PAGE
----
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Lyra's Oxford Paperback – September 25, 2007


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Lyra's Oxford + Once Upon a Time in the North: His Dark Materials (David Fickling Books) + His Dark Materials Omnibus (The Golden Compass; The Subtle Knife; The Amber Spyglass)
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Product Details

  • Age Range: 10 and up
  • Grade Level: 5 and up
  • Lexile Measure: 910L (What's this?)
  • Paperback: 64 pages
  • Publisher: Knopf Books for Young Readers; Fol Pap/Ma edition (September 25, 2007)
  • Language: English
  • ISBN-10: 0375843698
  • ISBN-13: 978-0375843693
  • Product Dimensions: 6.8 x 4.4 x 0.4 inches
  • Shipping Weight: 2.4 ounces (View shipping rates and policies)
  • Average Customer Review: 3.5 out of 5 stars  See all reviews (133 customer reviews)
  • Amazon Best Sellers Rank: #399,523 in Books (See Top 100 in Books)

Editorial Reviews

Amazon.com Review

Attention all serious book collectors and fans of Philip Pullman's His Dark Materials. This undoubtedly beautiful package--cloth-bound in a classy red and adorned by numerous illustrations by master engraver and illustrator John Lawrence--is a must-purchase. A pint-sized pocket volume, Lyra's Oxford packages together a short story set in the same universe as his famous trilogy, a fold-out map of the alternate-reality city of Oxford, a short brochure for a cruise to The Levant aboard the S.S. Zenobia, and a postcard from the inventor of the amber spyglass, Mary Malone. Pullman, in his introduction, suggests that the peripheral items within "might be connected with the story, or they might not; they might be connected to stories that haven’t appeared yet. It's difficult to tell."

A very sumptuous and lovingly crafted but tantalizingly brief book , Lyra's Oxford begins when Lyra and Pantalaimon spot a witch's daemon called Ragi being pursued over the rooftops of Oxford by a frenzied pack of birds. The daemon heads straight for Lyra (the creature was given Lyra’s name as somebody who might help) and is given shelter. Together Lyra and Pan try to guide the daemon to the home of Sebastian Makepeace—an alchemist living in a part of Oxford known as Jericho--but it is a journey fraught with more danger than they had at first anticipated. (Age 10 and over) --John McLay --This text refers to an out of print or unavailable edition of this title.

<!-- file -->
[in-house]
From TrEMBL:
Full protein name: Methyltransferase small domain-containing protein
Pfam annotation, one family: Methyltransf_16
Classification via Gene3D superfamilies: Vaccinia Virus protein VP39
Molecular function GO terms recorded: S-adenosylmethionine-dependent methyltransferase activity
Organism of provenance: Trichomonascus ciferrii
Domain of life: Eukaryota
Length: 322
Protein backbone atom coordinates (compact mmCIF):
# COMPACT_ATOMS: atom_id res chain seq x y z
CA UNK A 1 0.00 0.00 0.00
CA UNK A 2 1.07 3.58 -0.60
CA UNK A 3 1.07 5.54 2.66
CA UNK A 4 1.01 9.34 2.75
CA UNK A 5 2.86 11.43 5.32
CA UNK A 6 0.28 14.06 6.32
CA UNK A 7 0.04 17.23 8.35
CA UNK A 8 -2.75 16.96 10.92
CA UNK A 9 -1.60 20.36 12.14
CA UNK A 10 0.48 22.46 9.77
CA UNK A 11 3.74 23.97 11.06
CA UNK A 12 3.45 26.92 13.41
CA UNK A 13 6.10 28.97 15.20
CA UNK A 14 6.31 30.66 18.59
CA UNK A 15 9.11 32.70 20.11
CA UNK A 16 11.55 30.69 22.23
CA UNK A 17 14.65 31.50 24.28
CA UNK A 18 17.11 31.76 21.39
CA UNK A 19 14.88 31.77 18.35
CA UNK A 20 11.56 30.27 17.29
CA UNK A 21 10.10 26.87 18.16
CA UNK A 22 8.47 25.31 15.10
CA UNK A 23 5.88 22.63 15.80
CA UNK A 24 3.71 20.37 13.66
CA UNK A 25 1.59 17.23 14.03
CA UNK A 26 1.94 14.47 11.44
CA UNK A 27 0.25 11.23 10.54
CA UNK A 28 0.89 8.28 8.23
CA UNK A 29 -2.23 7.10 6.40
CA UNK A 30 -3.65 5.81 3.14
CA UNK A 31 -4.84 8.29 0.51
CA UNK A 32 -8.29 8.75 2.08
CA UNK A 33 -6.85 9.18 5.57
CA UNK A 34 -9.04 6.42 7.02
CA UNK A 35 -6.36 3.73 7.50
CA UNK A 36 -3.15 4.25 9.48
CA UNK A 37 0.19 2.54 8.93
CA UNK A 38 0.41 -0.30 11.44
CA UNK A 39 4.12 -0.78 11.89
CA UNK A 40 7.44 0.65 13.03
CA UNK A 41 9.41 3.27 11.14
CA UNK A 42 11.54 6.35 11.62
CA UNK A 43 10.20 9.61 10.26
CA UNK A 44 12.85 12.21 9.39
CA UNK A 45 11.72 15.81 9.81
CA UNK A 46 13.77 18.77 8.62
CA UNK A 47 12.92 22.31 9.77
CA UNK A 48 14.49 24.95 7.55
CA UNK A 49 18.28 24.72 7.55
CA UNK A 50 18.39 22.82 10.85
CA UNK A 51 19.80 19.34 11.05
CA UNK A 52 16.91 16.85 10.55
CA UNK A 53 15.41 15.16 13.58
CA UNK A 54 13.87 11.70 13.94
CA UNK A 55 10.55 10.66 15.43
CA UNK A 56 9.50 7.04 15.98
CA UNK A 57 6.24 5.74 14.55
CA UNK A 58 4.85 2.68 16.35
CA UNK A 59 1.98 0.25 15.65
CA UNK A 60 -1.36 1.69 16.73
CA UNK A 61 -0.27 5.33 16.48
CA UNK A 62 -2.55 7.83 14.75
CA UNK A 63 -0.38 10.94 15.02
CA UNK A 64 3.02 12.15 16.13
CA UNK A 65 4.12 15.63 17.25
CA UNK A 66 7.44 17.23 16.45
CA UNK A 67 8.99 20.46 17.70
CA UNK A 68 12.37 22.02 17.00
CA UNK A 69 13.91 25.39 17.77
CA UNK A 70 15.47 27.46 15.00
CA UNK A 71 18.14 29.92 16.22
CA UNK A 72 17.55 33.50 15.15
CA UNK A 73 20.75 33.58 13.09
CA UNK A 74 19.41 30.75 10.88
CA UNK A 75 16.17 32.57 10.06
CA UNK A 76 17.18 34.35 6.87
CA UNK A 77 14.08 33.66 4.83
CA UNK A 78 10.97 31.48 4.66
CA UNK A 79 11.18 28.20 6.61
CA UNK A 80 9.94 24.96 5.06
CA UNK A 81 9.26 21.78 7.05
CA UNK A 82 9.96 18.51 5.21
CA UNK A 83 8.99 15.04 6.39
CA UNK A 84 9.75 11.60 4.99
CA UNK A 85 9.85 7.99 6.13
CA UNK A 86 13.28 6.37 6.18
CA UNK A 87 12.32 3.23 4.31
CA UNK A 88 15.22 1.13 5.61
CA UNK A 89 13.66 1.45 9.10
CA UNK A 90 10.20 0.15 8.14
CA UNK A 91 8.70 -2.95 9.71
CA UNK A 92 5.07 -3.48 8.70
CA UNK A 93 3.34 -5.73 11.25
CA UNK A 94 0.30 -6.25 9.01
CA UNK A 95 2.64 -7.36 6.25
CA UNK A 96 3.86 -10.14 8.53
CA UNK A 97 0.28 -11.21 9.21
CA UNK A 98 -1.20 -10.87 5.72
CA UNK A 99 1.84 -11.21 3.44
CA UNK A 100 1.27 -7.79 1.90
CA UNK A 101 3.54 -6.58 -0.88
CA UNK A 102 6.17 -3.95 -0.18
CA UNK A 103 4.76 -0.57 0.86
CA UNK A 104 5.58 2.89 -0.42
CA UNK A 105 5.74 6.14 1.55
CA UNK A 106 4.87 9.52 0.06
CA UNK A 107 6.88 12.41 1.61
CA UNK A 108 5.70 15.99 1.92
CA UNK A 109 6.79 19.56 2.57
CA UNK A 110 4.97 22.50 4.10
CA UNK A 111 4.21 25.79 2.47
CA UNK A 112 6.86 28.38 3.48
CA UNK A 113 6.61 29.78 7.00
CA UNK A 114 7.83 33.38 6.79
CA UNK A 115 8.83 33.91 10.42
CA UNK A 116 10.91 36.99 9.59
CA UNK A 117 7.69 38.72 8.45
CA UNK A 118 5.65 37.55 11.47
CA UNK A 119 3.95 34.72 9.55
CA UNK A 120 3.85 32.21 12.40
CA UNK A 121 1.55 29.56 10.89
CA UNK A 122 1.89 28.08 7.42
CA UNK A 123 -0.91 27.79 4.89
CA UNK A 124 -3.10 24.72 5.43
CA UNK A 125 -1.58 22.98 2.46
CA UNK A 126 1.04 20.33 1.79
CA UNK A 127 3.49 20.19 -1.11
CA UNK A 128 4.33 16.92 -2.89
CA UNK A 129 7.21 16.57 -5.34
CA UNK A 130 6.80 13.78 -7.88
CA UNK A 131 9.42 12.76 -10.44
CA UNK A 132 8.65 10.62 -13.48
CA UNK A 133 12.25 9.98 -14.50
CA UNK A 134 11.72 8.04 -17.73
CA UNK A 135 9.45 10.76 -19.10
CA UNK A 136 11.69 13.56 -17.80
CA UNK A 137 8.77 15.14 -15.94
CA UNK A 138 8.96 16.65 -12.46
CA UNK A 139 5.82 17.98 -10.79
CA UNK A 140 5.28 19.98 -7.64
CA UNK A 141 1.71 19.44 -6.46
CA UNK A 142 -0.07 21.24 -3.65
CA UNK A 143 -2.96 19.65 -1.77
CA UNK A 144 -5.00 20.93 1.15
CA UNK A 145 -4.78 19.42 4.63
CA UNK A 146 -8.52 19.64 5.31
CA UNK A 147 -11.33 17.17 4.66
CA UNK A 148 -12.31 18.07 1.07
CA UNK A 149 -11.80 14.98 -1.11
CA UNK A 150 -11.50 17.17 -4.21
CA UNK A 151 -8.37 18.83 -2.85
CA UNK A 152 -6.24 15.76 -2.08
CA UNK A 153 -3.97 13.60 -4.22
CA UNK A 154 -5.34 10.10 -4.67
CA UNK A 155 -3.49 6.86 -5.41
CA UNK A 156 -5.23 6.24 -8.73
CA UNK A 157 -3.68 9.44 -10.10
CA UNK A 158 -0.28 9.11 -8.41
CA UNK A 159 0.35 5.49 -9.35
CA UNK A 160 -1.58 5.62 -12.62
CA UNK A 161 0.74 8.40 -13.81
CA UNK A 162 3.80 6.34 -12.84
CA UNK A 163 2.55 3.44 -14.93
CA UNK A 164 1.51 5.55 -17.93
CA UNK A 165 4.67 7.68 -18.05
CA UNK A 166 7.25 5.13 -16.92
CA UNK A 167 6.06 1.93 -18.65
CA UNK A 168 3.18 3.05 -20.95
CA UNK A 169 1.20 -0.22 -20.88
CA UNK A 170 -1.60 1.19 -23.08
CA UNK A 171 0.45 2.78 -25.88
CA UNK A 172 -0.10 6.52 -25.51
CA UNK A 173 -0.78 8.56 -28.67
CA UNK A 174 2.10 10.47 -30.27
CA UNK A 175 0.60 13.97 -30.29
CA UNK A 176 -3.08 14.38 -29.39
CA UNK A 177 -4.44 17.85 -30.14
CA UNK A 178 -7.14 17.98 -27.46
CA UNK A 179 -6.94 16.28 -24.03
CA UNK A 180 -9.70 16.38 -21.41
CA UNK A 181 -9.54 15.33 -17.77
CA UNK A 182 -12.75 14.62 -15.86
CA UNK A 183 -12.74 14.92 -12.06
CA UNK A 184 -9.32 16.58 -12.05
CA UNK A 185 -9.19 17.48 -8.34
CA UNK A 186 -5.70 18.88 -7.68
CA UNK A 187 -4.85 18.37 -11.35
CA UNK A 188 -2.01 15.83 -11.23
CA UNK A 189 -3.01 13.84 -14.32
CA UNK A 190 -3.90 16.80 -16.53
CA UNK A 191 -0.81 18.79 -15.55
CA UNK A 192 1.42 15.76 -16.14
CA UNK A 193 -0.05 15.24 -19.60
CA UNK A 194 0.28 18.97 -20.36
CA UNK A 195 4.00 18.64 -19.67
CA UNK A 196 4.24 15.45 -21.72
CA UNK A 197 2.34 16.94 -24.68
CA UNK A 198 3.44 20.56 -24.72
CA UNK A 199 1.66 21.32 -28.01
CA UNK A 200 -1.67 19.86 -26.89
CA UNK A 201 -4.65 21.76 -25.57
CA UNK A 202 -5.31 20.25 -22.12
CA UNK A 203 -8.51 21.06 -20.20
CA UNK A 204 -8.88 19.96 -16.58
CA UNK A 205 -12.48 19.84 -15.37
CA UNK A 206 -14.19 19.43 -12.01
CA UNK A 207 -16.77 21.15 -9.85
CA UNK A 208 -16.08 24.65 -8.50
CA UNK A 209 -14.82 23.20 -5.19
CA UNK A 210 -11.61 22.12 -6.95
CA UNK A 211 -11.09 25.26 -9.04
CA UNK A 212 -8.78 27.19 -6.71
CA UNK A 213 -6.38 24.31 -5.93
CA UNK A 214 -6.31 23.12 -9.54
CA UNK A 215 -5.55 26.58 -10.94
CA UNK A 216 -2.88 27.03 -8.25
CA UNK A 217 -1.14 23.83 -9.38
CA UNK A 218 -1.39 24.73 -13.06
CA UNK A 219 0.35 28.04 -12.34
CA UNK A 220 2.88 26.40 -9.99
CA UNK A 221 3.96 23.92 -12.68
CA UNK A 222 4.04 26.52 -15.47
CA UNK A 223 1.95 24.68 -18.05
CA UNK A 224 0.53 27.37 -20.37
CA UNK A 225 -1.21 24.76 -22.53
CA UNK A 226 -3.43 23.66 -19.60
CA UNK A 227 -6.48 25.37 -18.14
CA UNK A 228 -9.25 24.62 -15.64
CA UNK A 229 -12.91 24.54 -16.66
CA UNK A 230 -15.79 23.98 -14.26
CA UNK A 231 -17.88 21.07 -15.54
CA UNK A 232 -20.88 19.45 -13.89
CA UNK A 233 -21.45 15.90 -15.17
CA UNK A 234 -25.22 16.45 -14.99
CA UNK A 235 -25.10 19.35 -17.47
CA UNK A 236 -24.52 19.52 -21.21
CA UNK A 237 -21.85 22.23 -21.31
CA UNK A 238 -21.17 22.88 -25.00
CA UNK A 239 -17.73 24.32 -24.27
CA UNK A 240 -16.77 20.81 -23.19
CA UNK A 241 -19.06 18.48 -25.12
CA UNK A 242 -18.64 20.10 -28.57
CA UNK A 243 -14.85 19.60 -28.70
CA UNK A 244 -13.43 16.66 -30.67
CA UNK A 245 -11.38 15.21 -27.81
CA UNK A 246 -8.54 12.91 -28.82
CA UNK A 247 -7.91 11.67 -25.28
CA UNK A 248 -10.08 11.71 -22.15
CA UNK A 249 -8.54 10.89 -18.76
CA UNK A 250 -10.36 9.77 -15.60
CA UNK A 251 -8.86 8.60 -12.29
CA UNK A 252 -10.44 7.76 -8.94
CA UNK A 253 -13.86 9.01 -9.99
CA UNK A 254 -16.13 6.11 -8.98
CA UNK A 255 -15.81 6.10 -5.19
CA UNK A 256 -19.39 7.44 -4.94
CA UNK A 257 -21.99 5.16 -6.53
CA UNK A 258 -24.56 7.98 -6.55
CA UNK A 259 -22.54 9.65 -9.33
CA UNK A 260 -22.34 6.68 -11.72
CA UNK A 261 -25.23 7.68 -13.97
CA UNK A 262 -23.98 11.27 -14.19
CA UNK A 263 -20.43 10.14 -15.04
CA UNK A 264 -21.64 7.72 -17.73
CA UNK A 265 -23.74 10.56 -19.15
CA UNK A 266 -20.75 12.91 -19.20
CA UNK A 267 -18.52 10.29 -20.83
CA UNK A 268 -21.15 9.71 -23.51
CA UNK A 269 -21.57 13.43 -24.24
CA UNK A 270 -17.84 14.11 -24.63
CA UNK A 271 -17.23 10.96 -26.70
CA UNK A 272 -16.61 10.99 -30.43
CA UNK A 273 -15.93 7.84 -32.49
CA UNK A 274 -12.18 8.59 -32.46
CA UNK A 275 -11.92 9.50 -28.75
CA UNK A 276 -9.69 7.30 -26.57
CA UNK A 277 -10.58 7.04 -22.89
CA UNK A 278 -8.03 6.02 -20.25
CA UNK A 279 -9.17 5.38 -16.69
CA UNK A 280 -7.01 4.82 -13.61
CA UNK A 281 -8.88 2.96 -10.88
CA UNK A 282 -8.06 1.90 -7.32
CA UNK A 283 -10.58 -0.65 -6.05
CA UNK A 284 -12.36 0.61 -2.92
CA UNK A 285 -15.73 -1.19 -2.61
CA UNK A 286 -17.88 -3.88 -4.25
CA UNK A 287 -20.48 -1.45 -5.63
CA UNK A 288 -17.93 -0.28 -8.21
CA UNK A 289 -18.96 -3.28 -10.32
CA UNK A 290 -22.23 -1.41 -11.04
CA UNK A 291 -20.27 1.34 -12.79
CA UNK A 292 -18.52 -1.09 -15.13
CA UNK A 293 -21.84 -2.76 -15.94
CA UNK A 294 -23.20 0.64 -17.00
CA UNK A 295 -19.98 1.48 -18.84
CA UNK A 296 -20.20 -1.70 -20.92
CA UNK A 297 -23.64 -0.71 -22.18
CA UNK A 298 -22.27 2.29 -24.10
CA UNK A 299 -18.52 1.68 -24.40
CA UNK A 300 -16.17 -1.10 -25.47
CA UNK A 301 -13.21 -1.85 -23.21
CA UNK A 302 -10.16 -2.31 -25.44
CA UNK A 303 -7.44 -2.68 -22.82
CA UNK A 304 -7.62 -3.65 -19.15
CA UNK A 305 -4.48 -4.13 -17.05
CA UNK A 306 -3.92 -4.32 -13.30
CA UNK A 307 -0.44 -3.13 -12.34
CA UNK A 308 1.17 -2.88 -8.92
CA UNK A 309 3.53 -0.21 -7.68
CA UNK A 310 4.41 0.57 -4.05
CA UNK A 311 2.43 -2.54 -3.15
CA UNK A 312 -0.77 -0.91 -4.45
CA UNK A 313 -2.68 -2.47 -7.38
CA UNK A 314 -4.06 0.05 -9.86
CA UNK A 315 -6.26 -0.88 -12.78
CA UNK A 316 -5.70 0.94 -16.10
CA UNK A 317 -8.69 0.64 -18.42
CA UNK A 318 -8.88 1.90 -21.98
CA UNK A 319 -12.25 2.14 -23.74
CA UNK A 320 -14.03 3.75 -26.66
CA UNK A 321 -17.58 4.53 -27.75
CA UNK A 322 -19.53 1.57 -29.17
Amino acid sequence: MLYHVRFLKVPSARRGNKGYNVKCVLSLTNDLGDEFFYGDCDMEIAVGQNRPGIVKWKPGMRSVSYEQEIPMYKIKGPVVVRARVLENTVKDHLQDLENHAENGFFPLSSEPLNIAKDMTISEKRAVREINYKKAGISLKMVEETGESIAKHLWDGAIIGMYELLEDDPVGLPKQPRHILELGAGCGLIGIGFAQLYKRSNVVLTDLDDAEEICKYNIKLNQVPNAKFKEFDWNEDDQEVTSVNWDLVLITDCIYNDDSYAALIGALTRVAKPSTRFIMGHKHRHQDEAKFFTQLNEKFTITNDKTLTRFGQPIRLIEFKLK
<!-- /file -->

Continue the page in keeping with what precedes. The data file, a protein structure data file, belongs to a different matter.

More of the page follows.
From School Library Journal

Grade 5-9-Pullman returns to the universe of "His Dark Materials" with this gift-book package anchored by a new short story, "Lyra and the Birds." There are a few other goodies, including a pullout map of Oxford and a postcard from Dr. Mary Malone. In his preface, Pullman indicates that these "-other things might be connected with the story, or they might not; they might be connected to stories that haven't appeared yet. It's not easy to tell." These "souvenirs" give readers something to puzzle out, and to determine how they might (or might not) relate to anything. The short story itself doesn't lack for action. Lyra and her daemon companion, Pantalaimon, happen upon a witch's daemon named Ragi, who has sought out Lyra's help to find an alchemist named Sebastian Makepeace, who may be able to help his witch, Yelena Pazhets, who has been struck by a mysterious illness. The story winds its way through Oxford toward the alchemist's home, ending with an unexpected but ultimately hopeful resolution. The lovely woodcut engravings fit both the design of the book and the tone of the tale perfectly. Full appreciation of the story is very much dependent on having read Pullman's much-acclaimed trilogy.
Tim Wadham, Maricopa County Library District, Phoenix, AZ